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PhilosophyGround >> time for PhD for me?


2/12/08 3:04 PM
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twinkletoesCT
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Edited: 12-Feb-08
Member Since: 12/26/2002
Posts: 7044
Modern Self-Defense Center
 
I just passed 6 years since I completed my bachelors in Phil, and now I am JONESING for more. It actually started a couple years ago, but this past summer I read some new articles by Fred Feldman, who mentored me as an undergrad, and it got me alllll fired up to write and study more. I want my PhD!!!!! I want to use the next year to prepare some applications for next January (to enter a program in Sept 09). I found one program (UCSD) that is my DREAM department...all the professors are into Ethics and Epistemology (my two faves). Here's my plan for the next year: 1) Take the GRE's. I test well, so I don't think this will be an issue. 2) Get some letters of recommendation from my old professors (this is probably the hardest part...I should have had them write these back when I was an active undergrad!). 3) Get some letters of recommendation from the middle school and university where I've been teaching in the past few years. Let's show that I've been academically active and that I am an engaging and skilled teacher. 4) Publish a major paper. I have an essay I outlined a couple months ago that would take some major work, but I think I could get it published. If I can get work published, I think this gives me an edge. 5) Read as much as I can find. It's time to brush up on all my old materials, and a lot of new ones. I really want to do this. Anyone have suggestions? ~Chris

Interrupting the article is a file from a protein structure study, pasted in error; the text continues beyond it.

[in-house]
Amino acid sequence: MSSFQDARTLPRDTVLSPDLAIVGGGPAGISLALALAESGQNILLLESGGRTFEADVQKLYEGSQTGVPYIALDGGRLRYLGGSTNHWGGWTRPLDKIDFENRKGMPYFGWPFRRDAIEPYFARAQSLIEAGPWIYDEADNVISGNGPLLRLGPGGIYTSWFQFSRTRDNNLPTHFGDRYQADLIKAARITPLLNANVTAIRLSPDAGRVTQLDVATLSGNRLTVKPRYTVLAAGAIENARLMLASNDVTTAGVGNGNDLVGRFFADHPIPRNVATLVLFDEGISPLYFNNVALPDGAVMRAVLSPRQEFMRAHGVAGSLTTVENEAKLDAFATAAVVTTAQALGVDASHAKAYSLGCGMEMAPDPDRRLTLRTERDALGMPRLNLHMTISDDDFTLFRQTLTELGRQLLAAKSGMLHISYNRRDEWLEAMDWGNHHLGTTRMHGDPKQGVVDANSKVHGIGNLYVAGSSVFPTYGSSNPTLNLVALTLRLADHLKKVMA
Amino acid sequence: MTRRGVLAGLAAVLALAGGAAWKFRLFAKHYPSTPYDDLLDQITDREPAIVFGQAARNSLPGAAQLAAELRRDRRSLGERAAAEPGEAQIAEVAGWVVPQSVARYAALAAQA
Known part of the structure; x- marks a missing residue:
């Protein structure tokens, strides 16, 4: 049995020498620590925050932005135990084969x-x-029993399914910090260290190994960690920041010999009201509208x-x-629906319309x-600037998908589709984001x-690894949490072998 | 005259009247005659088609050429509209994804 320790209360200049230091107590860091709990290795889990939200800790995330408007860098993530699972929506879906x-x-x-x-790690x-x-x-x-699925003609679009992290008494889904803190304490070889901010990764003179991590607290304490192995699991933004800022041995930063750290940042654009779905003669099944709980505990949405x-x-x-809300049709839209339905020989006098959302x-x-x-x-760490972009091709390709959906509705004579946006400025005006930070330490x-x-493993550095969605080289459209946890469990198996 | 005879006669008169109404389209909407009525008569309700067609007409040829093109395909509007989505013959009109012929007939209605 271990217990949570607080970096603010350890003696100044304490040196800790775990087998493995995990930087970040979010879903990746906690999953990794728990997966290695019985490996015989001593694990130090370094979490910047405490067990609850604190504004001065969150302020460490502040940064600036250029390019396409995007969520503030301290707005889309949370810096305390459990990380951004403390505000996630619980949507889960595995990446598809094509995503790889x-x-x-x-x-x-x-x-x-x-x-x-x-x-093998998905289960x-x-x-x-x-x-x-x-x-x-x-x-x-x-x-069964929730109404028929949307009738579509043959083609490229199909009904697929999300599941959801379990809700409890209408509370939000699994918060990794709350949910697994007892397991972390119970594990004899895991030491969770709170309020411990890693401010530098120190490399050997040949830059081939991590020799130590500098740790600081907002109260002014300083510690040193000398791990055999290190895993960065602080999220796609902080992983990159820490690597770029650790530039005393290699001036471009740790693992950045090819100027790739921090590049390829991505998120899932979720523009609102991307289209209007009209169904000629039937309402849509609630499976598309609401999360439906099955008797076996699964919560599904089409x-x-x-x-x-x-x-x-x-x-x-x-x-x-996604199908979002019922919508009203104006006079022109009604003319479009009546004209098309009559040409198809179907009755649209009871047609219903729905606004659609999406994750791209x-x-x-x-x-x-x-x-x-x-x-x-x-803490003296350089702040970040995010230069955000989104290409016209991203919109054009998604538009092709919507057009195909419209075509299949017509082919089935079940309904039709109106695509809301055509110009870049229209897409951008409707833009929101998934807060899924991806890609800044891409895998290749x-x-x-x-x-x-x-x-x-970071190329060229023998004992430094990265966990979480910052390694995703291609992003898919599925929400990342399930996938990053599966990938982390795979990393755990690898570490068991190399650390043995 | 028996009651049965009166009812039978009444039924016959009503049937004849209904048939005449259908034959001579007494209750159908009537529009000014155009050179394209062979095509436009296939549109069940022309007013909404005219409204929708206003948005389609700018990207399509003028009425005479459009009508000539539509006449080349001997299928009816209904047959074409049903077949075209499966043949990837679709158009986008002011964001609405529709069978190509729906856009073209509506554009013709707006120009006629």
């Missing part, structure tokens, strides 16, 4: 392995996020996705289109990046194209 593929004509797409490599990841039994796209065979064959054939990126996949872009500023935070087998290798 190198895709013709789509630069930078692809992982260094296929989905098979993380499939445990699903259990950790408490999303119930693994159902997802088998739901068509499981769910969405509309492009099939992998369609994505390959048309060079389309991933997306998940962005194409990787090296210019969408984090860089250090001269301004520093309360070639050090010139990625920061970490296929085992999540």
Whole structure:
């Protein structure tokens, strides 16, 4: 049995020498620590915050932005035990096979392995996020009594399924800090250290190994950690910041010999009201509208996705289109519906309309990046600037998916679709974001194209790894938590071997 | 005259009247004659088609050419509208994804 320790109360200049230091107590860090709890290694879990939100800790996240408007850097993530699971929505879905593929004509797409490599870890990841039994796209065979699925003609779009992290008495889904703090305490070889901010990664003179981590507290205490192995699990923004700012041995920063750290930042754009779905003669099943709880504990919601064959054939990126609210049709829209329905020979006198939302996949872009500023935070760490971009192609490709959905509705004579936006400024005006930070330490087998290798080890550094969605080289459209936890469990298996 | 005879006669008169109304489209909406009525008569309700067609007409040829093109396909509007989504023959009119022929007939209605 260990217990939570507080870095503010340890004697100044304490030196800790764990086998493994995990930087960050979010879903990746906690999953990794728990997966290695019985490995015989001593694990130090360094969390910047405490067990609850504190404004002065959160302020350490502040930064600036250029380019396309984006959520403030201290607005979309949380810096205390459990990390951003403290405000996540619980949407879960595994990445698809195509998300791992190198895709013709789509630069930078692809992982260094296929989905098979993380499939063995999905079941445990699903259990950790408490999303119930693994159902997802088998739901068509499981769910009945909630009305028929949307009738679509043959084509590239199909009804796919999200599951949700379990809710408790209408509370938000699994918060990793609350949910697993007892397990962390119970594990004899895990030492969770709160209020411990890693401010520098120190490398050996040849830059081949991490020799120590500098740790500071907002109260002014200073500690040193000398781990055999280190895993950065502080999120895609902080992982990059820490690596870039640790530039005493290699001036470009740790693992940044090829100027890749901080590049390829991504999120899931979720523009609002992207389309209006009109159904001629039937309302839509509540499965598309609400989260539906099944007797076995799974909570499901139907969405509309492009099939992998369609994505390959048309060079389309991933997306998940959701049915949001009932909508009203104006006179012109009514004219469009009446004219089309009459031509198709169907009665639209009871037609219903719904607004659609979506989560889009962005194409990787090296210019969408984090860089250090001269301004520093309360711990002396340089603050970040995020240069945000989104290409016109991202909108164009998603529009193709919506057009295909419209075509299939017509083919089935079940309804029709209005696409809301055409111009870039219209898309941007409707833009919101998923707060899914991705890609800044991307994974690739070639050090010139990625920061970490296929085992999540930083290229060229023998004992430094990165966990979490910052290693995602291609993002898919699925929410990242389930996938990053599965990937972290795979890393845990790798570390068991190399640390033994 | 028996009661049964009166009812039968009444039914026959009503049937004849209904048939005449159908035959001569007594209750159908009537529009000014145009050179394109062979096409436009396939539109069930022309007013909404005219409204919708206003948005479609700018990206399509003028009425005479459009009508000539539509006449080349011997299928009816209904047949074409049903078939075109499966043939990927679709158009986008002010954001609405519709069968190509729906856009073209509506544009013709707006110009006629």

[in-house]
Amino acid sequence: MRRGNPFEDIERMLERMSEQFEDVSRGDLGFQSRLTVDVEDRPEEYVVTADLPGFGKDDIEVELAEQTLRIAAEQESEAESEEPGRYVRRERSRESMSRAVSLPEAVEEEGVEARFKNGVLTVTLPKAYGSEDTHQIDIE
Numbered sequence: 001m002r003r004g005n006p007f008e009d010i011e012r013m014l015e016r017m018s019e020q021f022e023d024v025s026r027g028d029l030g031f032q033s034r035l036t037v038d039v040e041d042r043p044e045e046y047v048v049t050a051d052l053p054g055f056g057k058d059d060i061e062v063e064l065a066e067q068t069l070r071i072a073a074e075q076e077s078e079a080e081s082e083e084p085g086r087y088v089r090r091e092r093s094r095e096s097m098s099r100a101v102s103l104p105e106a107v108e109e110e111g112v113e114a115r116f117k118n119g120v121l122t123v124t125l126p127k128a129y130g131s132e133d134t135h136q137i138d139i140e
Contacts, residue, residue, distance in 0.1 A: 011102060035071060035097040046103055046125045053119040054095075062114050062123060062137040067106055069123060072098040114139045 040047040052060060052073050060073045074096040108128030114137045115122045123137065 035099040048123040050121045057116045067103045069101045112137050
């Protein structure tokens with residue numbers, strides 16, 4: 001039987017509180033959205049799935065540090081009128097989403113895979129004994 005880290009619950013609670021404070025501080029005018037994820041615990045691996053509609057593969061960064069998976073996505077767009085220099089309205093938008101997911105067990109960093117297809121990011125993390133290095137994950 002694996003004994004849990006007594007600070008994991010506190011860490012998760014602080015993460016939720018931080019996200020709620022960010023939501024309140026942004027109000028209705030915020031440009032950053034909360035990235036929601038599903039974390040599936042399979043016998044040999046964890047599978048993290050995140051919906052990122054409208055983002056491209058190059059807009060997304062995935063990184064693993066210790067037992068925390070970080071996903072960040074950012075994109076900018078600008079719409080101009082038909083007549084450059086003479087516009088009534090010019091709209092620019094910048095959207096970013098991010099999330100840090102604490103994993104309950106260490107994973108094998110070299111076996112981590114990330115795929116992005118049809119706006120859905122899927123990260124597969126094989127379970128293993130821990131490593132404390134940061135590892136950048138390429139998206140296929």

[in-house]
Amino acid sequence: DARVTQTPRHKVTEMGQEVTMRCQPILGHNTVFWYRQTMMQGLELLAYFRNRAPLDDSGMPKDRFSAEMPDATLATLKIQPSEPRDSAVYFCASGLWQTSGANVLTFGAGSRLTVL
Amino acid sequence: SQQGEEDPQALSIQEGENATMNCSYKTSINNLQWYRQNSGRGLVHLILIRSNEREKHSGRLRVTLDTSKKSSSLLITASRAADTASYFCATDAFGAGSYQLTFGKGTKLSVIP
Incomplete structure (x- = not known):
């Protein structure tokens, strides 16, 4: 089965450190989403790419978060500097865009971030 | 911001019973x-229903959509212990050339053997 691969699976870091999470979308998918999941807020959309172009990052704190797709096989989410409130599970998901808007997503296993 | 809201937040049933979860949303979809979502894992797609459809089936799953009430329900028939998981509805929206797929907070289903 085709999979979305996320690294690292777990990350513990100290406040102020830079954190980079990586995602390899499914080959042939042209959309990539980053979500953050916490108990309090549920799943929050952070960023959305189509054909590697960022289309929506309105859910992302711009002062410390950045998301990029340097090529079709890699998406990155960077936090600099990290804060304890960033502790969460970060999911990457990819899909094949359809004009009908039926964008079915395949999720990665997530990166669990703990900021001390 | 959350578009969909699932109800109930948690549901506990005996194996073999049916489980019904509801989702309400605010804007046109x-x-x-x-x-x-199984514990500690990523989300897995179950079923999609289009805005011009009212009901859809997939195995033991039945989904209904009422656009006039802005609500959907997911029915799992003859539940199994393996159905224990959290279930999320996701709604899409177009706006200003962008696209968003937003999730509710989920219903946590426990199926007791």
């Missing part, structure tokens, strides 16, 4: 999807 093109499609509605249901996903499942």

2/13/08 12:05 AM
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thesleeper
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Edited: 13-Feb-08
Member Since: 08/31/2007
Posts: 611
Figure out some way to get some facetime with your profs (for the letters of rec). Audit a class, go to their conferences, etc.
2/13/08 2:24 PM
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twinkletoesCT
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Edited: 13-Feb-08
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My profs liked me, and like visitors. My plan was to drop in and chat. They were the chatty type :)
2/13/08 3:13 PM
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thesleeper
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Edited: 13-Feb-08
Member Since: 08/31/2007
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As long as you have a good relationship with them already, that is great. However, they have to be able to say something about your ability as a graduate student and likelihood to succeed.
2/14/08 8:25 AM
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twinkletoesCT
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Edited: 14-Feb-08
Member Since: 12/26/2002
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Right. Thanks!
2/26/08 7:16 AM
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Indrek R.
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Edited: 26-Feb-08 08:36 AM
Member Since: 07/04/2002
Posts: 1768